Are Trucker Strikes A Thing Of The Past?

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DaveW's Comment
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America's 1.8 million truck drivers haul some 71 percent of this country's freight, amounting to an $800 billion dollar chunk of the economy. So, the question remains: Why don't truck drivers wield this supposed influence and strike nationally, ending their grievances and bettering their situation?

Are trucker strikes a thing of the past?

Michael B.'s Comment
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My guess is that very few truckers are union workers anymore.

Joseph L.'s Comment
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Okay I will take a shot at answering this question, for the record I have no doubt there are people way more experience and knowledgeable to better answer it. Okay the first and biggest hurdle is getting enough people on board with a strike to have any serious impact.

I am sorry but there is no way 1.8 million drivers will ever be on the same page. Second. As one articles pointed out, union membership involving truck drivers has seriously declined. For a lot of professional drivers both owner operator and company drivers, they simply can't afford to strike because of the cost and untold potential hardships it would cost their families. 3) okay I am going on my second year as a driver and I am with my second company, which brings me to my third argument.

I think a strike could actually do a lot of harm to smaller companies. I believe that there are a lot of companies that really have the best interest of their drivers in mind and actually try to pay them a decent wage. I think loyalty to these companies would also impact any strike. 4) public support this one is really a two-edge sword. Generally speaking the general public doesn't a very high opinion of truck drivers. so getting public support is going to be a major hurdle.

Okay let's say by an act of God we could rally public support for a trucker strike. It will be short lived. Once produce and other items people use in their day to day lives begin to disappear from the shelves, public support will evaporate in the blink of an eye. When riots, looting and price gauging result because of supplies shortages, truck drivers will become public enemy #1 That is my two cents, well 1 and half cents, I'm poor the government taxes me on the 0ther half

SAP:

Substance Abuse Professional

The Substance Abuse Professional (SAP) is a person who evaluates employees who have violated a DOT drug and alcohol program regulation and makes recommendations concerning education, treatment, follow-up testing, and aftercare.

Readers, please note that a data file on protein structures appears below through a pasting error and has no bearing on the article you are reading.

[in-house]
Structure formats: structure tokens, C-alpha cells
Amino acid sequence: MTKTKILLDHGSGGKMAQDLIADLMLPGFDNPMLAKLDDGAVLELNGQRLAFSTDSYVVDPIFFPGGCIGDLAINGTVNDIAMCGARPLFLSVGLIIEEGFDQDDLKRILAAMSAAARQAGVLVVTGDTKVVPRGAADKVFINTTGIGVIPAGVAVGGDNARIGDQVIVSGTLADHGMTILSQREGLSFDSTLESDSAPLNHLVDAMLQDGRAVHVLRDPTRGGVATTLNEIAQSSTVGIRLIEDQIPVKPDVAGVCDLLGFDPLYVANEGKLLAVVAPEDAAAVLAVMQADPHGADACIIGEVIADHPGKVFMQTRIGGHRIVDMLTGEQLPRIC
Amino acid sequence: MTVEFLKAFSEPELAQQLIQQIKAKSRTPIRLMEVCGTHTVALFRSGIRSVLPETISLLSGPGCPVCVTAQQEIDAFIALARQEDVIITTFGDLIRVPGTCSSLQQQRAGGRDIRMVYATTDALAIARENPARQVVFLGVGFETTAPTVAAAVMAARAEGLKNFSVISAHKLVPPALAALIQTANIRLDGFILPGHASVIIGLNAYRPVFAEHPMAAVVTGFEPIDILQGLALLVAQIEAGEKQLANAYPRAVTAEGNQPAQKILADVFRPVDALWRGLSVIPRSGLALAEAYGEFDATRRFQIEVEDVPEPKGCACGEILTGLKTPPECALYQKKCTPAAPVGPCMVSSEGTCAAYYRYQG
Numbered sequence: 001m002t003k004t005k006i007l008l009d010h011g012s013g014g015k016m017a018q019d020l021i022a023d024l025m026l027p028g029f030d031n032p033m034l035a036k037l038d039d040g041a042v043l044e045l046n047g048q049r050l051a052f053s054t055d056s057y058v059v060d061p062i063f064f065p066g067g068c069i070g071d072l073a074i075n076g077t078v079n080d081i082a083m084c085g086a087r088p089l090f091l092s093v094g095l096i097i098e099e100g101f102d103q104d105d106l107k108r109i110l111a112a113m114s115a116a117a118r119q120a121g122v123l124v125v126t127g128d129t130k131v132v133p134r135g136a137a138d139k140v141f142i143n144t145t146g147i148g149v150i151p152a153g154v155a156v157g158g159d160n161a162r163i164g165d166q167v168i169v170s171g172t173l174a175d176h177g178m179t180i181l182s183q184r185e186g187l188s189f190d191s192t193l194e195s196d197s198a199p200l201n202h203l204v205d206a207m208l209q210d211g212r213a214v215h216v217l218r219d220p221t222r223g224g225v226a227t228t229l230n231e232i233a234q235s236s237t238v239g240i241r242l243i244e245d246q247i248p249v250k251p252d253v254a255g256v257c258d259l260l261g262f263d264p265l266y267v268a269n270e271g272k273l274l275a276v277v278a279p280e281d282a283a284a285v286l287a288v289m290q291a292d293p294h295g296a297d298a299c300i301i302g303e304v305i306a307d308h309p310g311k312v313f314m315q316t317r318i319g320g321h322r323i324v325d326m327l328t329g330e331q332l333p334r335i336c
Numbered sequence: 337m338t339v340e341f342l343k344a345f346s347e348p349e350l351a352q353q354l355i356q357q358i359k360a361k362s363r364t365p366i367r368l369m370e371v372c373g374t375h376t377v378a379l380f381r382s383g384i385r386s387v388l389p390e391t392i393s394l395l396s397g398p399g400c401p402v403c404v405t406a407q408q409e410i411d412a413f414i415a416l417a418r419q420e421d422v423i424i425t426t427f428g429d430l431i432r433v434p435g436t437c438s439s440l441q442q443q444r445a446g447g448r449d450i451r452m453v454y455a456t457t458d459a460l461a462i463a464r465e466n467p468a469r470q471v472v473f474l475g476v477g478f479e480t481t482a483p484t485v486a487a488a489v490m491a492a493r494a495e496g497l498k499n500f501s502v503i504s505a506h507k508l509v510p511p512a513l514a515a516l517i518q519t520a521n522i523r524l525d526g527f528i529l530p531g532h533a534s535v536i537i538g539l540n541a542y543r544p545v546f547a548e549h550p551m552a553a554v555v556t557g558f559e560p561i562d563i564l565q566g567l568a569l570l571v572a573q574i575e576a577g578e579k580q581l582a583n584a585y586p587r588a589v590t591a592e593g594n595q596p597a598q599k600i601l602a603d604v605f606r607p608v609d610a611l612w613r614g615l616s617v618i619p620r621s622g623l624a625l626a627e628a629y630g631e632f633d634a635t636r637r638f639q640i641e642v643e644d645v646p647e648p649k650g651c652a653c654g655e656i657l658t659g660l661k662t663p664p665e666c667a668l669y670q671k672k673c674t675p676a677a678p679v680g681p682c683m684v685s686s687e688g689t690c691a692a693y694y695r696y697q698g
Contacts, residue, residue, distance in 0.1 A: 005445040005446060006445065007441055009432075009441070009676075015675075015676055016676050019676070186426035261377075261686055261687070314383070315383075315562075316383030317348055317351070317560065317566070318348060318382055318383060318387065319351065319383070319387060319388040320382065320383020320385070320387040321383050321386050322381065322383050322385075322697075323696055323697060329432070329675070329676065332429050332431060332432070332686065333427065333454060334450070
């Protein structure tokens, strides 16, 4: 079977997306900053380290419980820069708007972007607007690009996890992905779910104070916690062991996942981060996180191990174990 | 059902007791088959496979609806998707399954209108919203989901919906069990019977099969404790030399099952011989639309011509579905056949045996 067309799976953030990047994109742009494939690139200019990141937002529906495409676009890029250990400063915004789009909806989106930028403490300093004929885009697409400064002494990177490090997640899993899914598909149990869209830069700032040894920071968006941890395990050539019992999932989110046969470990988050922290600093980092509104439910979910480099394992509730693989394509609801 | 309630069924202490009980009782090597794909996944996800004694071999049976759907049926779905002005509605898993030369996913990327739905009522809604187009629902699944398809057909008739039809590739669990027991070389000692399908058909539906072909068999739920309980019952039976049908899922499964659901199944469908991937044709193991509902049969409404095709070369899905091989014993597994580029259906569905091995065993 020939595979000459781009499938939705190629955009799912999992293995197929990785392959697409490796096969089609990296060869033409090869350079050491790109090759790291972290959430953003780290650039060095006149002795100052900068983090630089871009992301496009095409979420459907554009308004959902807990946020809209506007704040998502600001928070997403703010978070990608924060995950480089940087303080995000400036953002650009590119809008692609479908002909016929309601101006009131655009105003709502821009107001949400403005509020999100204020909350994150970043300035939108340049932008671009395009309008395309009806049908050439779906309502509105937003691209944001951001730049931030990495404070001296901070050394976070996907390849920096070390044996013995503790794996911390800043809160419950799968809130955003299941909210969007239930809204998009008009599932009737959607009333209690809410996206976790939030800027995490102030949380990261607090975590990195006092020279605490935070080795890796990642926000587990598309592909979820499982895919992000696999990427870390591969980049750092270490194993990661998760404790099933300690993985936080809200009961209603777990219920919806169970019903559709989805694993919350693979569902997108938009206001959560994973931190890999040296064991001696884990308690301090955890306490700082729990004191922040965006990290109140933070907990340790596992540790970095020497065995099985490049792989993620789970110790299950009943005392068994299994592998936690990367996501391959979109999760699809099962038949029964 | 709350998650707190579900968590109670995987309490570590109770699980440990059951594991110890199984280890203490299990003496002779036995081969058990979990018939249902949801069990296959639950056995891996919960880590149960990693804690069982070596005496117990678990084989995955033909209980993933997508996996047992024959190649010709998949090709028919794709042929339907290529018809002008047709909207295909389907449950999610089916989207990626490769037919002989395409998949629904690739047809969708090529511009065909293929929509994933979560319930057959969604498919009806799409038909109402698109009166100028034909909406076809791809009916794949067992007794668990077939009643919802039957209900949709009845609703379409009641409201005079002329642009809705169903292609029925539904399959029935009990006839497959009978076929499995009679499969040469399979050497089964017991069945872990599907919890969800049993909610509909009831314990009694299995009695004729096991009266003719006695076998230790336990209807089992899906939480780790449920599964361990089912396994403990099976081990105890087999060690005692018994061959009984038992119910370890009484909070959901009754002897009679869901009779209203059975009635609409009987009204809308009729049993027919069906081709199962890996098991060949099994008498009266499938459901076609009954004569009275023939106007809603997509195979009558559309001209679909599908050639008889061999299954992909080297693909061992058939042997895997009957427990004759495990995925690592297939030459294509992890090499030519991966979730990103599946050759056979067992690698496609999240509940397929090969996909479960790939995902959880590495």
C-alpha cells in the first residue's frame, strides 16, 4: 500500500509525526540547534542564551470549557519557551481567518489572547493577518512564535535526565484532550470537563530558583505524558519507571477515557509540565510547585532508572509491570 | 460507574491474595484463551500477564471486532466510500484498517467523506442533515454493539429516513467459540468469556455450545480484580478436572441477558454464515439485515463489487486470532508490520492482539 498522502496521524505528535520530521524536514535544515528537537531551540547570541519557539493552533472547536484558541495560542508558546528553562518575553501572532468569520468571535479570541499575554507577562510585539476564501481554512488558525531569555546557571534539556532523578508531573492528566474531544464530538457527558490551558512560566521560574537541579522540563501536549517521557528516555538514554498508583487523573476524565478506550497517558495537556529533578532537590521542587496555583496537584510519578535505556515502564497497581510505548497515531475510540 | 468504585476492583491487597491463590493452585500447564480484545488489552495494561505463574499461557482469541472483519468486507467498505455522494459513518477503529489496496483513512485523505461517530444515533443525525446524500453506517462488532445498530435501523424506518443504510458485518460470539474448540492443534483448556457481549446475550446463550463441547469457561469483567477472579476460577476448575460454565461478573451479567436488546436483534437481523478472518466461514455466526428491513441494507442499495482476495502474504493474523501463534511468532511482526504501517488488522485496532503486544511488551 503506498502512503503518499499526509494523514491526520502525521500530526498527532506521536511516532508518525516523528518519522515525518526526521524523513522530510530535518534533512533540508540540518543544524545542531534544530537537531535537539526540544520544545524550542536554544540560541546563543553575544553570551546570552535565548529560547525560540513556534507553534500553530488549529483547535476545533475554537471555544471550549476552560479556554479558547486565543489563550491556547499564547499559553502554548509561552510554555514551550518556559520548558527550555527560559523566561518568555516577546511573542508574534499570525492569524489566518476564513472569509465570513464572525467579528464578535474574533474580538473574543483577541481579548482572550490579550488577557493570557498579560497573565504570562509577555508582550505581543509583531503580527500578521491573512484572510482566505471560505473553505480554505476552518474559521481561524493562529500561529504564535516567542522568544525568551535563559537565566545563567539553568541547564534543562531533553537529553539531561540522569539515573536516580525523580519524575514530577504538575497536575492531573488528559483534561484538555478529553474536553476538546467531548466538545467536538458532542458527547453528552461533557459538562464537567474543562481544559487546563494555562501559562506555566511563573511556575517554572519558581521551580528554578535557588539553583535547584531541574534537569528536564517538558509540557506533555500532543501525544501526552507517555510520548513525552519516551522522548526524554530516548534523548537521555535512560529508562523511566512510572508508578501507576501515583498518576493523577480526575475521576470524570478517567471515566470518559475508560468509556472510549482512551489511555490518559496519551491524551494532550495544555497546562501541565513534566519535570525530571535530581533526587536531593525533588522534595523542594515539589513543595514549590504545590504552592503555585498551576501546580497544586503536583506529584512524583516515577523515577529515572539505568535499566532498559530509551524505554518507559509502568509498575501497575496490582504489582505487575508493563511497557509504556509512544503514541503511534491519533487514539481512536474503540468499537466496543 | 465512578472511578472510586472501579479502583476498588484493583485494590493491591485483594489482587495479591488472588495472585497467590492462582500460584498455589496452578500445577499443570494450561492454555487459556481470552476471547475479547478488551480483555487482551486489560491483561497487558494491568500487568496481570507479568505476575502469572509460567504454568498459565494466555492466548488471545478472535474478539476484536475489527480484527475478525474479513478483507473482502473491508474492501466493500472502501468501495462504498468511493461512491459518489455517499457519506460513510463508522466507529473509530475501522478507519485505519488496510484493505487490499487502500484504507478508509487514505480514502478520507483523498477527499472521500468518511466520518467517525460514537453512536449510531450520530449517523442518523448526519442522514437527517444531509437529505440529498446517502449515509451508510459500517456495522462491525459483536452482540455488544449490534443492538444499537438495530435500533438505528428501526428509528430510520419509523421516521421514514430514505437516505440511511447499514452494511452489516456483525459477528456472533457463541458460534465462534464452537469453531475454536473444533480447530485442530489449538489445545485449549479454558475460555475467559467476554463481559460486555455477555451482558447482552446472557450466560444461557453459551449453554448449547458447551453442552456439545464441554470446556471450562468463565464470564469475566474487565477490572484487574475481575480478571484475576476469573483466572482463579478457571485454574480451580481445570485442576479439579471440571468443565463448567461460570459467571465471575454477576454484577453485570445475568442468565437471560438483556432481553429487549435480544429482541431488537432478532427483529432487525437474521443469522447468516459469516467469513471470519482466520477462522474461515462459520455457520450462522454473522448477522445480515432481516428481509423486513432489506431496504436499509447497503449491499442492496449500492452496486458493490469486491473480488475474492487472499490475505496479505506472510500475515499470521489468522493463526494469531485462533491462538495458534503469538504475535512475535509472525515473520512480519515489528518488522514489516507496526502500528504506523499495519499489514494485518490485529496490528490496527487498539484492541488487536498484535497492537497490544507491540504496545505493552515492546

Brett Aquila's Comment
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That was a great article. Without someone to organize drivers you will not have strikes. It really is that simple. Any group must have organizers.

My favorite part was this:

Rick Blatter, a spokesperson for the Canadian Truckers Association, summed up the situation to Business Insider.

"Truck strikes don't always work because organizing independent truckers is like organizing anarchists."

It's true. Truckers are often Type A personalities who value their independence and freedom. By nature, they don't like to do things their way.

I've often wondered what future generations of drivers will be like. I think you'll still have many who see trucking as I did; a romantic lifestyle where they're free to travel the country without anyone looking over their shoulder, doing things their way, and seeing this vast and beautiful country.

Yet our modern society isn't the same as it used to be. Rebels and outlaws aren't revered anymore. James Dean, The Dukes Of Hazzard, Smokey and the Bandit, and Convoy aren't the types that become cultural heroes in modern society. Quite honestly, I don't know who does. ( Justin Bieber? God help us. )

We also don't have the outlaw culture in trucking anymore. If people today knew how we did things back in the day they would be shocked, and that was nothing compared to the way things were done before my generation took to the highways.

What will make future generations want to become truck drivers? I'm really not sure. There are obvious benefits - beautiful trucks, the traveling lifestyle, really good wages, and the desire to see this Great Land. Those things haven't changed over the years. But I'd like to see trucking earn its rightful place as a highly-respected profession in our society. It hasn't been that since the '50s and '60s I'd say. I haven't been alive long enough to have witnessed the days when truckers were truly respected. I'm hoping to see that happen someday.

I know Trucking Truth has helped cultivate a higher level of professionalism for drivers and a more respectful view of the major players in the industry. Unfortunately, we're still fighting our way upstream with our sentiments, but I'm hoping that sentiment continues to grow.

HOS:

Hours Of Service

HOS refers to the logbook hours of service regulations.
Brett Aquila's Comment
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Okay let's say by an act of God we could rally public support for a trucker strike. It will be short-lived. Once produce and other items people use in their day to day lives begin to disappear from the shelves, public support will evaporate in the blink of an eye. When riots, looting and price gauging result because of supplies shortages, truck drivers will become public enemy #1

That's an excellent point. Even if the public took the trucker's side and felt we deserved more, their support would fade once their lives were significantly impacted. They'd like to see us rally to make our lives better, but not at their expense.

Not only that, but they would realize that the more we make the higher the cost of goods will be. They'd like to see us make more, but not if it comes out of their pockets.

The public would be a tough sell.

SAP:

Substance Abuse Professional

The Substance Abuse Professional (SAP) is a person who evaluates employees who have violated a DOT drug and alcohol program regulation and makes recommendations concerning education, treatment, follow-up testing, and aftercare.

Rob T.'s Comment